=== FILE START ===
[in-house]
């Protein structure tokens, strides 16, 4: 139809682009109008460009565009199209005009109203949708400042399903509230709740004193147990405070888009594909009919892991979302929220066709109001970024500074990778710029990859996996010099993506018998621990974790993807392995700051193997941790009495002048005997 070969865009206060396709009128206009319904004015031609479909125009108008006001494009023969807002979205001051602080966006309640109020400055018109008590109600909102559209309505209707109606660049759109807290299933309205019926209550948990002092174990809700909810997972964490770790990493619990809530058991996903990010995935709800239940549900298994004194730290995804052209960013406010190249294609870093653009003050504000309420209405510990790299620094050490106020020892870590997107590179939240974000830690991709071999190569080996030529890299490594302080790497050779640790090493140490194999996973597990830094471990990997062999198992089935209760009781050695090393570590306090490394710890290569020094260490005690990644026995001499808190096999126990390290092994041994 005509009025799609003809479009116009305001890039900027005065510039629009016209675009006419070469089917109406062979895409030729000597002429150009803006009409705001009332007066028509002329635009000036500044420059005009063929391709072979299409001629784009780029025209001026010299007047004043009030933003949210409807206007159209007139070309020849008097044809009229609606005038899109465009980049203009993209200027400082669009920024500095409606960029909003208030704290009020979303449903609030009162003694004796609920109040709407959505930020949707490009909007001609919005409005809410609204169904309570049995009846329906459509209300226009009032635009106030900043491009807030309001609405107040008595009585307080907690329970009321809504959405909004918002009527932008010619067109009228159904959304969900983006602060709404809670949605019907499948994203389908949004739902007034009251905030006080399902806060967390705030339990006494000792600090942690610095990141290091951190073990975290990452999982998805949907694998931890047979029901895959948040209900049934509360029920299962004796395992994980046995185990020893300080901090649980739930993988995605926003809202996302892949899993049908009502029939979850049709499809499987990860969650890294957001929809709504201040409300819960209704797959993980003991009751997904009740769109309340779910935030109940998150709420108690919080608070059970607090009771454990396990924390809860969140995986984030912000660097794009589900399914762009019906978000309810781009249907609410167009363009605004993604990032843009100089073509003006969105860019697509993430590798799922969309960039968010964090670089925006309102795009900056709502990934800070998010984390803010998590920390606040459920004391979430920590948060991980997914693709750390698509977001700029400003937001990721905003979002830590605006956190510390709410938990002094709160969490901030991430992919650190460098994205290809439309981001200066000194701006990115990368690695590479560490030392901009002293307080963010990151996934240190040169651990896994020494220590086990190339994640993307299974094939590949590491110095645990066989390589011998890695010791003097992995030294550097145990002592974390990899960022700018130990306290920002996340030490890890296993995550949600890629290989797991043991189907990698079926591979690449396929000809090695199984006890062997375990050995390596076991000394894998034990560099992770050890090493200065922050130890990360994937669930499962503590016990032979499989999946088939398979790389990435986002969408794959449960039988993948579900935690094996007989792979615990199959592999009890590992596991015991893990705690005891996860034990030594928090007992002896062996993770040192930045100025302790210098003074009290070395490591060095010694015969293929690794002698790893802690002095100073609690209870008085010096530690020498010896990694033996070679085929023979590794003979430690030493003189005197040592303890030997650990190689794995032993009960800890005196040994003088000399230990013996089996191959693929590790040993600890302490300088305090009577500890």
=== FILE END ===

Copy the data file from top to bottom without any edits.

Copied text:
[in-house]
């Protein structure tokens, strides 16, 4: 139809682009109008460009565009199209005009109203949708400042399903509230709740004193147990405070888009594909009919892991979302929220066709109001970024500074990778710029990859996996010099993506018998621990974790993807392995700051193997941790009495002048005997 070969865009206060396709009128206009319904004015031609479909125009108008006001494009023969807002979205001051602080966006309640109020400055018109008590109600909102559209309505209707109606660049759109807290299933309205019926209550948990002092174990809700909810997972964490770790990493619990809530058991996903990010995935709800239940549900298994004194730290995804052209960013406010190249294609870093653009003050504000309420209405510990790299620094050490106020020892870590997107590179939240974000830690991709071999190569080996030529890299490594302080790497050779640790090493140490194999996973597990830094471990990997062999198992089935209760009781050695090393570590306090490394710890290569020094260490005690990644026995001499808190096999126990390290092994041994 005509009025799609003809479009116009305001890039900027005065510039629009016209675009006419070469089917109406062979895409030729000597002429150009803006009409705001009332007066028509002329635009000036500044420059005009063929391709072979299409001629784009780029025209001026010299007047004043009030933003949210409807206007159209007139070309020849008097044809009229609606005038899109465009980049203009993209200027400082669009920024500095409606960029909003208030704290009020979303449903609030009162003694004796609920109040709407959505930020949707490009909007001609919005409005809410609204169904309570049995009846329906459509209300226009009032635009106030900043491009807030309001609405107040008595009585307080907690329970009321809504959405909004918002009527932008010619067109009228159904959304969900983006602060709404809670949605019907499948994203389908949004739902007034009251905030006080399902806060967390705030339990006494000792600090942690610095990141290091951190073990975290990452999982998805949907694998931890047979029901895959948040209900049934509360029920299962004796395992994980046995185990020893300080901090649980739930993988995605926003809202996302892949899993049908009502029939979850049709499809499987990860969650890294957001929809709504201040409300819960209704797959993980003991009751997904009740769109309340779910935030109940998150709420108690919080608070059970607090009771454990396990924390809860969140995986984030912000660097794009589900399914762009019906978000309810781009249907609410167009363009605004993604990032843009100089073509003006969105860019697509993430590798799922969309960039968010964090670089925006309102795009900056709502990934800070998010984390803010998590920390606040459920004391979430920590948060991980997914693709750390698509977001700029400003937001990721905003979002830590605006956190510390709410938990002094709160969490901030991430992919650190460098994205290809439309981001200066000194701006990115990368690695590479560490030392901009002293307080963010990151996934240190040169651990896994020494220590086990190339994640993307299974094939590949590491110095645990066989390589011998890695010791003097992995030294550097145990002592974390990899960022700018130990306290920002996340030490890890296993995550949600890629290989797991043991189907990698079926591979690449396929000809090695199984006890062997375990050995390596076991000394894998034990560099992770050890090493200065922050130890990360994937669930499962503590016990032979499989999946088939398979790389990435986002969408794959449960039988993948579900935690094996007989792979615990199959592999009890590992596991015991893990705690005891996860034990030594928090007992002896062996993770040192930045100025302790210098003074009290070395490591060095010694015969293929690794002698790893802690002095100073609690209870008085010096530690020498010896990694033996070679085929023979590794003979430690030493003189005197040592303890030997650990190689794995032993009960800890005196040994003088000399230990013996089996191959693929590790040993600890302490300088305090009577500890």